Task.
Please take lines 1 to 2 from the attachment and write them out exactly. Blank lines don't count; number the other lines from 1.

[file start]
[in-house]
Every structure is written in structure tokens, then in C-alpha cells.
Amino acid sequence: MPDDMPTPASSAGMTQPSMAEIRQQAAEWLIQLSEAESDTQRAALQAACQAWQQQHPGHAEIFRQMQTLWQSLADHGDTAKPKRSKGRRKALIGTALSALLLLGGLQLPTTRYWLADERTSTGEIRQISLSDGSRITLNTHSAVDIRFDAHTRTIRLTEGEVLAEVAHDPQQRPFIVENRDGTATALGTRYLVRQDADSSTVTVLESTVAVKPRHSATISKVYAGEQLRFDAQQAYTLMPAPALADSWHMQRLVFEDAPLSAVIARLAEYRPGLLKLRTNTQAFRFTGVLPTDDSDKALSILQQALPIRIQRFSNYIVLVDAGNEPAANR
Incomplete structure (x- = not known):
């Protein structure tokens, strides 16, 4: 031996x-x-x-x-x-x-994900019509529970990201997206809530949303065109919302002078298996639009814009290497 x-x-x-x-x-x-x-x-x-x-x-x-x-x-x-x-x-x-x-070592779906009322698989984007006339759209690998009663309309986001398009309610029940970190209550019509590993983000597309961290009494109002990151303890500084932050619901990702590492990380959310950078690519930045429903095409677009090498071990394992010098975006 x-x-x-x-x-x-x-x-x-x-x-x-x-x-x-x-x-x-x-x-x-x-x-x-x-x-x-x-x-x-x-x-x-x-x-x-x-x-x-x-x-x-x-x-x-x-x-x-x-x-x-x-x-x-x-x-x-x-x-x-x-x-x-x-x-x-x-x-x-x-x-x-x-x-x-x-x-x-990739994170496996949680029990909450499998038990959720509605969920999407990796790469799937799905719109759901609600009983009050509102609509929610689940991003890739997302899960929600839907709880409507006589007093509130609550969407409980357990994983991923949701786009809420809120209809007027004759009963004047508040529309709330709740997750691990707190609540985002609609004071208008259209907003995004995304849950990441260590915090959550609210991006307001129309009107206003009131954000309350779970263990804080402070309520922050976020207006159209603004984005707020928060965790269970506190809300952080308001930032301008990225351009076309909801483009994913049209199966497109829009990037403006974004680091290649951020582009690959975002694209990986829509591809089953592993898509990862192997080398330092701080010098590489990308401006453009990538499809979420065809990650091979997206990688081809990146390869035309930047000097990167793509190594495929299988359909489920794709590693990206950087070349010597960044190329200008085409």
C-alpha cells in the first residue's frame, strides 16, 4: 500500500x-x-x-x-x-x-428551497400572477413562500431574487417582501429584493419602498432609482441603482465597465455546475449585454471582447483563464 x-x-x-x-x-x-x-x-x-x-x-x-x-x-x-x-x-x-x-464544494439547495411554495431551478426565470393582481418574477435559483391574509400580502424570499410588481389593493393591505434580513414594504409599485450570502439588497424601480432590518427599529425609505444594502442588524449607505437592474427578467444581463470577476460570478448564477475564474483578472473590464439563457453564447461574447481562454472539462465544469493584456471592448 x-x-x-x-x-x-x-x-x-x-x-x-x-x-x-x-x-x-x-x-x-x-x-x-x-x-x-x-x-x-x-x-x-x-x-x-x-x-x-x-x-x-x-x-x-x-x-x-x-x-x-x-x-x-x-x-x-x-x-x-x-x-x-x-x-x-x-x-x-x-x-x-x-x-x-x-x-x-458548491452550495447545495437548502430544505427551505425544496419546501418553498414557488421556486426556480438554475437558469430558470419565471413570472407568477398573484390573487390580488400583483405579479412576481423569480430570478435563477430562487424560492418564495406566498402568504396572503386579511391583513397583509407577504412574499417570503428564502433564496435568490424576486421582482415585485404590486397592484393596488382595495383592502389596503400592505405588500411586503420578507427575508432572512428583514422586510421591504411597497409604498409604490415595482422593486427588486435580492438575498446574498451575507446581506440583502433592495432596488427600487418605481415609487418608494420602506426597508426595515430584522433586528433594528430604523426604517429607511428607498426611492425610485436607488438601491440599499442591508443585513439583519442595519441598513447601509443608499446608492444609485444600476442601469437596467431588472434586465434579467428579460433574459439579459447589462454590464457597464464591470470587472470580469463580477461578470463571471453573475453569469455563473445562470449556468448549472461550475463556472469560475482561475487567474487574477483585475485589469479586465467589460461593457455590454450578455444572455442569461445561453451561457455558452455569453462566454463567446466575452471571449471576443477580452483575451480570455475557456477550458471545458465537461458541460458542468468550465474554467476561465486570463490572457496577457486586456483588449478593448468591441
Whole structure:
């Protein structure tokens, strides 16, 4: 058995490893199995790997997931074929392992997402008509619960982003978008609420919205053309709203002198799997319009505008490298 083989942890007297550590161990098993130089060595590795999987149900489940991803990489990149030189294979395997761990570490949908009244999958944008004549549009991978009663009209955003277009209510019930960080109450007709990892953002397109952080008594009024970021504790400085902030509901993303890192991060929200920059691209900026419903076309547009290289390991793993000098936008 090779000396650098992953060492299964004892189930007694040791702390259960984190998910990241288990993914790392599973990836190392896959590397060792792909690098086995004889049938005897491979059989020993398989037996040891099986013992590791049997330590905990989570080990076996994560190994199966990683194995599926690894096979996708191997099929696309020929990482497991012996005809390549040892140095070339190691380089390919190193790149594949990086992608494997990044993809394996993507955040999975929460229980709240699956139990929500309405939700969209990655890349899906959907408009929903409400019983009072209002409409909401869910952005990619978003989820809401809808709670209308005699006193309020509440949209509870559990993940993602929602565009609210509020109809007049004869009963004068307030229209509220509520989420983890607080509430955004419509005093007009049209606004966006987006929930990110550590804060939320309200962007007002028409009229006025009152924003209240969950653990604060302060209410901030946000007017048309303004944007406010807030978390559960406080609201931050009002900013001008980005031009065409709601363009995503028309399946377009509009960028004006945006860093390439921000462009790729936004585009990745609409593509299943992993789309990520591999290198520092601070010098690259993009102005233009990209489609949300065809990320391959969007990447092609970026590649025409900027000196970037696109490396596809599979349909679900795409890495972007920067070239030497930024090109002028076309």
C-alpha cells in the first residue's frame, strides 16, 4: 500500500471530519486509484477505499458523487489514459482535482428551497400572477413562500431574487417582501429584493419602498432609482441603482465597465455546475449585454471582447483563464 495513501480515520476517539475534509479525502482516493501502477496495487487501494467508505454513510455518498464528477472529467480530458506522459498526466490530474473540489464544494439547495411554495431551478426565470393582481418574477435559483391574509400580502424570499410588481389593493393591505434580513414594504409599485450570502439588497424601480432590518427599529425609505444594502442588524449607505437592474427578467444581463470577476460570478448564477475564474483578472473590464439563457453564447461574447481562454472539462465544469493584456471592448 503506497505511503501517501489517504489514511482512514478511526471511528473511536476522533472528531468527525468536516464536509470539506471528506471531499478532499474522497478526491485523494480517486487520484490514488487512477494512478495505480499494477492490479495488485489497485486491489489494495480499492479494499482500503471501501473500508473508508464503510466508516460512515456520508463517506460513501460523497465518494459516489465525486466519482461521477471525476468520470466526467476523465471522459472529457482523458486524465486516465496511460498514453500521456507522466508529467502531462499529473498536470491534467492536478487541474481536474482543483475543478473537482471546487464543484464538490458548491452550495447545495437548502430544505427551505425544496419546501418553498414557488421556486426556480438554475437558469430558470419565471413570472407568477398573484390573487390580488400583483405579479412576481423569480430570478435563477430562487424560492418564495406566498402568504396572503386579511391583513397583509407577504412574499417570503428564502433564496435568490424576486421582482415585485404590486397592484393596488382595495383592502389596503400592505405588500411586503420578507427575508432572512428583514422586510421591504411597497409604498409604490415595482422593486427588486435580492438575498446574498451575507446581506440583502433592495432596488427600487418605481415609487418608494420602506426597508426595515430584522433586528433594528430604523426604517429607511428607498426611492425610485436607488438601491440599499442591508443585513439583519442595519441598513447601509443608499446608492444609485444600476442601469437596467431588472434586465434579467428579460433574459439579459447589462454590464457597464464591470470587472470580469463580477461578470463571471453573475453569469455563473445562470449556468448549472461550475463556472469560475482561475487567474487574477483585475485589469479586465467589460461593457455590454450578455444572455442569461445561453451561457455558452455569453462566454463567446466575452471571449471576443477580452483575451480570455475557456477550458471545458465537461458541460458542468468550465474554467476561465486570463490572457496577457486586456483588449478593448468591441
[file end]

[in-house]
Every structure is written in structure tokens, then in C-alpha cells.